Individuals and companies with no license to practice law, yet stake their claim as Florida “Medicaid planners” run the gamut.

Individuals as Medicaid planners

Public record shows that the following types of individuals have been Medicaid planners in Florida:

  • annuity salesmen
  • insurance salesmen
  • geriatric care managers
  • Florida licensed nurses
  • former nursing home employees
  • former DCF employees
  • a disbarred attorney
  • a convicted felon
  • individuals with revoked insurance licenses
  • an individual permanently barred from the securities industry by Financial Industry Regulatory Authority (FINRA)
  • individuals permanently barred from the securities industry by the Florida Office of Financial Regulation
  • a variety of other untrained and unlicensed individuals.

Medicaid planning companies

“But we work with lawyers!”

When lawyers themselves collaborate with nonlawyer Medicaid planners, more ethical and legal issues can arise. Attorneys not only run the risk of engaging in felonious activities, they risk crossing the line of the rules of professional ethics, bypassing the “duty of loyalty only to their client.”

  • An attorney who works with a nonlawyer Medicaid planner needs to be careful not to violate “Confidentiality of Information” when interacting with the nonlawyer. See The Florida Bar, Rules of Professional Conduct (RPC) 4-1.6. Since the nonlawyer Medicaid planner may only collect information for the purpose of filling out a Medicaid application and not to develop a Medicaid strategy or to prepare legal documents, the attorney needs to be mindful of breach of confidentiality by disclosing private and potentially sensitive information to the nonlawyer.
  • When the Medicaid planning company refers all or most of its Medicaid application clients to the same attorney for Medicaid planning services, the potential for a “Conflict of Interest” “under RPC 4-1.7 exists. When the attorney is receiving substantial income from a nonlawyer Medicaid planner, it is arguable that the attorney’s loyalty is to the nonlawyer and not to the client who has been referred.

For these and other reasons, the Florida Supreme Court Advisory Opinion also targets Medicaid planning companies that profess to work with lawyers, where those lawyers prepare Medicaid planning documents for the company’s clients.

The Florida Supreme Court determined this practice between such companies and attorneys also constitutes the unlicensed practice of law unless:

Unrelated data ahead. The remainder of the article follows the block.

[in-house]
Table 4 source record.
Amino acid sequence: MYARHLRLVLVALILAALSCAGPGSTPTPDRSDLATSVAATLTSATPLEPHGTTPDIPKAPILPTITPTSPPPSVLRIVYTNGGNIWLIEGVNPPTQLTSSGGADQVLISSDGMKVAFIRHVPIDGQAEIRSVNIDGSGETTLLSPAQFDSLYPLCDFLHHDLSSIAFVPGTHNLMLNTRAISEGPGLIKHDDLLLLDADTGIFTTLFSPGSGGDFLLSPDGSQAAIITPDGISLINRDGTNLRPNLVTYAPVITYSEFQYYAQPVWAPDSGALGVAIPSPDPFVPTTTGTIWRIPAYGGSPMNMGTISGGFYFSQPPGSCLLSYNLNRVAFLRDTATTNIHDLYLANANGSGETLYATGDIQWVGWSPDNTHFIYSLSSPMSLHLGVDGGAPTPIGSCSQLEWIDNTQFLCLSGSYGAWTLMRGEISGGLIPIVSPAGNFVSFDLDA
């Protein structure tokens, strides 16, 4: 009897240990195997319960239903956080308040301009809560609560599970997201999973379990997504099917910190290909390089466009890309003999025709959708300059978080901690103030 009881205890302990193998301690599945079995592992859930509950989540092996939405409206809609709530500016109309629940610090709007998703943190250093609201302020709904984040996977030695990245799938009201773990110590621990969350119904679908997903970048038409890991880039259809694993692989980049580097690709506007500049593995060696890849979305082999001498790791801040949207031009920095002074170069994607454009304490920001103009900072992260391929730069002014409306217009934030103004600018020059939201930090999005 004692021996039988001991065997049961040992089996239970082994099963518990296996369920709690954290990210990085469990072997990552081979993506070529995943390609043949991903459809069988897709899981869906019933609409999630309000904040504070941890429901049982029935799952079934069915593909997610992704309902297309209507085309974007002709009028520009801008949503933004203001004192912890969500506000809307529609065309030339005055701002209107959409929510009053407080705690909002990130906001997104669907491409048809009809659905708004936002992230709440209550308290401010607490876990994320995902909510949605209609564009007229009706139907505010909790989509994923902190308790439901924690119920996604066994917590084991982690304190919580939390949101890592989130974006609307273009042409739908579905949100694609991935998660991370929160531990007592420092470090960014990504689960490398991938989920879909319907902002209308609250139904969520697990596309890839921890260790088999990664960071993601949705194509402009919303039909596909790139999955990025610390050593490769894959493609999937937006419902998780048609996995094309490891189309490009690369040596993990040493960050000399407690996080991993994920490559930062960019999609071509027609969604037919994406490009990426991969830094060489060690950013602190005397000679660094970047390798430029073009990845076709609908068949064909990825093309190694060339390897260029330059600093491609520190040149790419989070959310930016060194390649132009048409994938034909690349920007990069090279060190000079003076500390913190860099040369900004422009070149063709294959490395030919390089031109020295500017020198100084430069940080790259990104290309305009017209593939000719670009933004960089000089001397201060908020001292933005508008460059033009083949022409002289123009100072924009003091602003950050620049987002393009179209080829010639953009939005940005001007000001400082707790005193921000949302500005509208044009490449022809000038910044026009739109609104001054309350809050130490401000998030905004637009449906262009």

the client establishes an independent attorney-client relationship with the attorney;

payment from the client is made directly to the attorney, and the attorney specifically determines the legal Medicaid planning strategy and legal documents as appropriate for the client, given the client’s particular factual circumstances.

In response to the Florida Supreme Court UPL advisory opinion, some non-attorney Medicaid Planners merged their entire Medicaid planning company – including all employees – with Florida law firms.

What if a non-attorney Medicaid Planner becomes an employee (paralegal) for a licensed attorney? This may still constitute UPL by the non-attorney, as well as aiding and abetting UPL by the attorney. Does this new arrangement eliminate the UPL problem for the non-attorney?

What facts should the nursing home look for?

  1. Did the attorney communicate with the client?
  2. Did the attorney supervise the employee’s activities?
  3. Did the client hire the attorney before they met the employee?
  4. Did the attorney receive the larger part of the fee?
  5. Did the attorney discuss Medicaid strategies with the client or split the fee with the non-attorney?

These are some of the factors to be evaluated in determining whether or not UPL and/or ethical violations may have been committed.

Excerpt From: John R. Frazier, Leonard E. Mondschein. “Protecting Nursing Homes and Their Residents from the Unlicensed Practice of Law.” iBooks.

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